And so the emergence of Mason Dyslin, a 6-foot-7 senior center with arms as long as stickball bats, has paralleled the Huskers' 5-1 start while simultaneously expunging demons of the past. 

Suddenly putting up All-Section numbers, Dyslin is beginning to play to his size and wingspan.

With a newfound back-to-the-bucket game a feathery 15-foot sling shot, Dyslin's scoring aptitude has come alive since a 35-point eruption in a 87-83 overtime loss at Peekskill.

 He dropped 16 points and snared 12 boards in a 61-47 win over athlete-laden John-Jay East Fishkill--fighting through intensified interior defense, absorbing the brutal hits in front of the rim, and finishing through contact. 

During the Huskers' win over Mamaroneck at the Harry Jefferson tournament, he poured in a team-best 21 points.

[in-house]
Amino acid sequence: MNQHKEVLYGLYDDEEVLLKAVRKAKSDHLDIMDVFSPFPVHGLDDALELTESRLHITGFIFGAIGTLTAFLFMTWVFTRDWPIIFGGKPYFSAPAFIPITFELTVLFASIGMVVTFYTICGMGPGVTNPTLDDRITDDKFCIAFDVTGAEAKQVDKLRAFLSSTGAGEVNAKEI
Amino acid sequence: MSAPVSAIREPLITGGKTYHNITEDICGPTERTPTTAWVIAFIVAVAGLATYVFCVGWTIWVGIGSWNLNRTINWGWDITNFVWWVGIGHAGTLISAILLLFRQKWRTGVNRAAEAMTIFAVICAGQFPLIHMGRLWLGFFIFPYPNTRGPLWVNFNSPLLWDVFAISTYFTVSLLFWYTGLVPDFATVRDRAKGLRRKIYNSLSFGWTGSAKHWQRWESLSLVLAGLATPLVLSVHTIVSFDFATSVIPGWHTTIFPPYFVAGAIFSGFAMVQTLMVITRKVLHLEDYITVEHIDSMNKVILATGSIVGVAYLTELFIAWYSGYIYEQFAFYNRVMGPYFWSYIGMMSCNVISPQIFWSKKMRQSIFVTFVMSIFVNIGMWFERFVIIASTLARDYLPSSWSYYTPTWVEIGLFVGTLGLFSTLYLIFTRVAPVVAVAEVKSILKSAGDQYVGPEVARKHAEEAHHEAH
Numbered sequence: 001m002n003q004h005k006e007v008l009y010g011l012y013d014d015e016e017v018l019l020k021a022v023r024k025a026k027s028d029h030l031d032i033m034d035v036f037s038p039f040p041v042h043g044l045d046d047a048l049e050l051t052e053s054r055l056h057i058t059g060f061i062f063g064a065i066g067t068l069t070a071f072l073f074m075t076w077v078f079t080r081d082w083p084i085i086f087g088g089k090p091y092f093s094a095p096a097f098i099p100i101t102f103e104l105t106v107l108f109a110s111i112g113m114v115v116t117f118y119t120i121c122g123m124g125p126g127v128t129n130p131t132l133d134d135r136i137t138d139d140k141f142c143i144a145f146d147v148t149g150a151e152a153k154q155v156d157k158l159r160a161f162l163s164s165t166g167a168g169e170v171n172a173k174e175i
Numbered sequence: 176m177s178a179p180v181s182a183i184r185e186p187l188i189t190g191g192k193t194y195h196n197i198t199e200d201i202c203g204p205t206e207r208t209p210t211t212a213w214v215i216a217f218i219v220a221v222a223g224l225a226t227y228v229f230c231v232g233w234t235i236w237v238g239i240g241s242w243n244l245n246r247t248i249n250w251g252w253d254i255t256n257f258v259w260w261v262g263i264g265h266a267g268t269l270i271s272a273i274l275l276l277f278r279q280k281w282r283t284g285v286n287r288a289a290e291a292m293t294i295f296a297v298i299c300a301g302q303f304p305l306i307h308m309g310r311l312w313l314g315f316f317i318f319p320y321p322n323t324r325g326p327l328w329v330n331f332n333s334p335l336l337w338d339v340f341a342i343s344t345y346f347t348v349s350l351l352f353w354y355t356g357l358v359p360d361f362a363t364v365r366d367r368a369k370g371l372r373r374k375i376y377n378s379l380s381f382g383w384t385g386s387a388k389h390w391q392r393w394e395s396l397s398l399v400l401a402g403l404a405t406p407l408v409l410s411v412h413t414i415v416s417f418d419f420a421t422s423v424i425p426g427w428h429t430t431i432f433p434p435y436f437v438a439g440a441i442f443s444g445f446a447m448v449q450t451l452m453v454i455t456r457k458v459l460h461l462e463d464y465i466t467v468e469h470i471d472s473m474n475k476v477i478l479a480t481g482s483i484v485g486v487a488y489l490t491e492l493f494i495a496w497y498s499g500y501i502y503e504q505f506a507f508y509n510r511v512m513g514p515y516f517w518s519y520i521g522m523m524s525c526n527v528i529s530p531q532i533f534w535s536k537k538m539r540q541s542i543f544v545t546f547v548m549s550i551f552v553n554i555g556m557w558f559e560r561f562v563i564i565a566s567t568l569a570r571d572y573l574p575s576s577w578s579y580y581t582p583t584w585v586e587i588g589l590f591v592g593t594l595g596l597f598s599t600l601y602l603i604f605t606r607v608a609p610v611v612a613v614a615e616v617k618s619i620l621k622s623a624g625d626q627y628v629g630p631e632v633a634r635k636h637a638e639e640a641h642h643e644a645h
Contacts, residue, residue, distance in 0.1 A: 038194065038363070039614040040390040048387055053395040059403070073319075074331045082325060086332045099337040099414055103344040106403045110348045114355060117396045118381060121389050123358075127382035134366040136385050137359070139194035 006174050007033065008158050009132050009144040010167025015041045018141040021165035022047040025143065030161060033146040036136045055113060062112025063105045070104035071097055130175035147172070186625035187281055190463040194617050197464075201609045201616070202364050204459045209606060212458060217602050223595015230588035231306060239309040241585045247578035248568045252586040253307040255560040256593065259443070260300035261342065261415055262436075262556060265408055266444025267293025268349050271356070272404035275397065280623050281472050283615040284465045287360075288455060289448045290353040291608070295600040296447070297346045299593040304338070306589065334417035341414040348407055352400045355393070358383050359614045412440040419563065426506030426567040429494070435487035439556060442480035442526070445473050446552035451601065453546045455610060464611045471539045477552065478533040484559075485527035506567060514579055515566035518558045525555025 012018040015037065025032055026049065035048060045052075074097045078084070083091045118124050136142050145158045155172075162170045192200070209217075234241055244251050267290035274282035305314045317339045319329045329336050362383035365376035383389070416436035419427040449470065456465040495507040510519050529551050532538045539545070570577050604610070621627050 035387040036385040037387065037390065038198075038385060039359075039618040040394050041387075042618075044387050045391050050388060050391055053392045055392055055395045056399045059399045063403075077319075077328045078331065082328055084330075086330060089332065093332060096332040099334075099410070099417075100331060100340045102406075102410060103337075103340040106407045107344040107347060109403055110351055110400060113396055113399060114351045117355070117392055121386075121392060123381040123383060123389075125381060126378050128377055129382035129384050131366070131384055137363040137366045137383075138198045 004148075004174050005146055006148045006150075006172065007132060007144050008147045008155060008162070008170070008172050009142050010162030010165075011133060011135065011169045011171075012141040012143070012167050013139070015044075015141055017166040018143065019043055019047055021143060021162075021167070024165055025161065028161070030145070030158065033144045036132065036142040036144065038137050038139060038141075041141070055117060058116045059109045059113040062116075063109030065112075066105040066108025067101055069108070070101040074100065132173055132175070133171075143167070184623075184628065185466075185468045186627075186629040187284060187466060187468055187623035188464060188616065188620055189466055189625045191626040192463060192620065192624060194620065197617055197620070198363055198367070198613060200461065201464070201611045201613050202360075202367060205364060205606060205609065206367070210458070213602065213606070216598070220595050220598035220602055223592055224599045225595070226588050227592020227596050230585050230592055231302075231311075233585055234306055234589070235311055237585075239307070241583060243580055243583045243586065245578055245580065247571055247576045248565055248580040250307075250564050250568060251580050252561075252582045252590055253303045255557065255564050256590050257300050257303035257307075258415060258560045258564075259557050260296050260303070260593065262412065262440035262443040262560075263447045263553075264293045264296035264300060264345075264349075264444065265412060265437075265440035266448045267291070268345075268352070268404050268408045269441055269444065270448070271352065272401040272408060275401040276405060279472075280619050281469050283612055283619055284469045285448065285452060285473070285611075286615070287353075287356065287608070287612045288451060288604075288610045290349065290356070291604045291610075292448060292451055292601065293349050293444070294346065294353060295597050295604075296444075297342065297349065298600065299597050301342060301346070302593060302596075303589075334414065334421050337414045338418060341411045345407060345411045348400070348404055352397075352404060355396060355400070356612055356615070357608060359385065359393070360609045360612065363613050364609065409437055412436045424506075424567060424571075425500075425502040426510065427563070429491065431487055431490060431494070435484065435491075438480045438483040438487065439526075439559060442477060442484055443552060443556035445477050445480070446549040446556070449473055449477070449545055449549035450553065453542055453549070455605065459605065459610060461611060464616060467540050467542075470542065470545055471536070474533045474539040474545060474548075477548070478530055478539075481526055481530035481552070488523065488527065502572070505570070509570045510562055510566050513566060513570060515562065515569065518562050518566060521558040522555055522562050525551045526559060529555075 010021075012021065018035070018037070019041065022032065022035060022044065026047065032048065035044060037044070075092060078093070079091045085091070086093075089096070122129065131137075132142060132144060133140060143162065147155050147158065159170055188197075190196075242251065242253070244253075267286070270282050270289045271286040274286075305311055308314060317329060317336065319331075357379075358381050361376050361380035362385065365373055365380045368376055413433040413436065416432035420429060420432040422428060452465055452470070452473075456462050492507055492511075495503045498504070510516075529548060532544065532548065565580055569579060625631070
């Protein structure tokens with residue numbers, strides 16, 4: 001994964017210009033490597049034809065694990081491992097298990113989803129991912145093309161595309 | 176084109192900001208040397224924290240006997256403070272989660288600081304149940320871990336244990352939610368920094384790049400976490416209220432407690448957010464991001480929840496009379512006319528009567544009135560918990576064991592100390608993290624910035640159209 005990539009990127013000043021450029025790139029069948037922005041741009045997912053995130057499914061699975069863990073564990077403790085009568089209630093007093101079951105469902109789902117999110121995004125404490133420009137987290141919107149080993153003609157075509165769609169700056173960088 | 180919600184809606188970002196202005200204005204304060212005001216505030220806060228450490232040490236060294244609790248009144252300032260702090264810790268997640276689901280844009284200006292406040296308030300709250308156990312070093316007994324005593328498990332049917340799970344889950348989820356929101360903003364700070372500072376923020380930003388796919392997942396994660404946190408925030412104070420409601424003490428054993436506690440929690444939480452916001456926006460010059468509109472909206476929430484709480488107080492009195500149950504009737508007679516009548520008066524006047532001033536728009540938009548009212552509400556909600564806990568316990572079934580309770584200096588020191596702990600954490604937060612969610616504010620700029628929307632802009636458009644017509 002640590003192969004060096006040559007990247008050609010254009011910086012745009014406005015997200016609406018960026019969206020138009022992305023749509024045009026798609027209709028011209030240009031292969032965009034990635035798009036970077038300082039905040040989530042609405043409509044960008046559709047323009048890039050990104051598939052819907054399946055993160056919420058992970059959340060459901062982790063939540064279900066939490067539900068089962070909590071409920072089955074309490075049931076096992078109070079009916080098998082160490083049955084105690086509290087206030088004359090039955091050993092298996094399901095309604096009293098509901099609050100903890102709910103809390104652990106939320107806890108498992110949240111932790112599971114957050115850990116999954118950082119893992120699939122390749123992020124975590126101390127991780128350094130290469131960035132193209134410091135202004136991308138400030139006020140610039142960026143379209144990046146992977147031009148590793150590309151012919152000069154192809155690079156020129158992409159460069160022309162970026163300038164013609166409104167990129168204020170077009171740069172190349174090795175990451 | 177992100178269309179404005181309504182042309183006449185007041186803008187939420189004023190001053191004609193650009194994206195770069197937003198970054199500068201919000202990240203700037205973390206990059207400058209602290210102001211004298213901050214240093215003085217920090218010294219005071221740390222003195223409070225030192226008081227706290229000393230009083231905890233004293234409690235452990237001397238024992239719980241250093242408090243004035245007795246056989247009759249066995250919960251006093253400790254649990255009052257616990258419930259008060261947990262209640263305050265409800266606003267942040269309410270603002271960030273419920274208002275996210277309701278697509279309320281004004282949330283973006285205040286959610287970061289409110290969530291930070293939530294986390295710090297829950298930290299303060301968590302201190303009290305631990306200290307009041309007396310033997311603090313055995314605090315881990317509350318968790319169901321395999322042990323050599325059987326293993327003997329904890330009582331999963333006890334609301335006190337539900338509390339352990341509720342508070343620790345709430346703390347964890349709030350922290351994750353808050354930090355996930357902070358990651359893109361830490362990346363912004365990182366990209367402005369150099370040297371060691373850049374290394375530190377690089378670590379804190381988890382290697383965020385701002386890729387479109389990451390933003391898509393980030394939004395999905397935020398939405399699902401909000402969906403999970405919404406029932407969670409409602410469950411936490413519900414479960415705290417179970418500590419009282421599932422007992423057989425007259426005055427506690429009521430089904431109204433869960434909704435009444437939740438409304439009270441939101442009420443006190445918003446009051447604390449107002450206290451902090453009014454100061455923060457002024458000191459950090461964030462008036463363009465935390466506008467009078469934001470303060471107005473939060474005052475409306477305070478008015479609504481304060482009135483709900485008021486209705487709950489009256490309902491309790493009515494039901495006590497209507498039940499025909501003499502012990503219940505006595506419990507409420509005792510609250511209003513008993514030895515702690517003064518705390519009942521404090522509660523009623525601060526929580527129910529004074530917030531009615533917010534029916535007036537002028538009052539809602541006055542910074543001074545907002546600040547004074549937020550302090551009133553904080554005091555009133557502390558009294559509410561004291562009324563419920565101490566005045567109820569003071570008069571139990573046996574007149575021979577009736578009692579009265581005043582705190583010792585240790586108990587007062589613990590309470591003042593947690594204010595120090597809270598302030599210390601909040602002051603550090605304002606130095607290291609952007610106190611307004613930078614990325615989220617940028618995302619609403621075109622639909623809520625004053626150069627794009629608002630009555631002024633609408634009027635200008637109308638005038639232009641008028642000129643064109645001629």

During an ugly, black-and-blue marked 43-34 win over border town rival Lakeland, he finished with 10 points and manipulated and intimidated several shots, steering the Hornets clear of the driving lanes. 

Cultivating a post presence and kicking the habit of deferring, Dyslin has played more on instinct and hunted for his inside shots more than ever. Finishing strong and incorporating a nifty spin move, Dyslin has helped a lacrosse power and football school re-register its basketball relevance.

 Creating a 1-2 punch with junior point guard Nick DeGennaro, an offensive orchestrator and now a dependable knockdown shooter from beyond the arc, a new confidence has been discovered. 

Dyslin's rapid evolution isn't just traceable to last season...

How about last month? 

In Yorktown's home and season-opening 51-37 drubbing of Walter Panas, Dyslin started off jittery before turning it around completely in the second half. Guarded down low by Mike Evans, Panas' bounce-happy 6-foot-2 senior forward, Dyslin unveiled a new nose for the rim and buried a pair of back-to-back 15-foot jumpers during a second half tear. The versatility, the ability to draw bigs away from the rim and draw defenders showed the problem a guy of Dsylin's size poses for area foes.


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Wednesday, December 31, 2014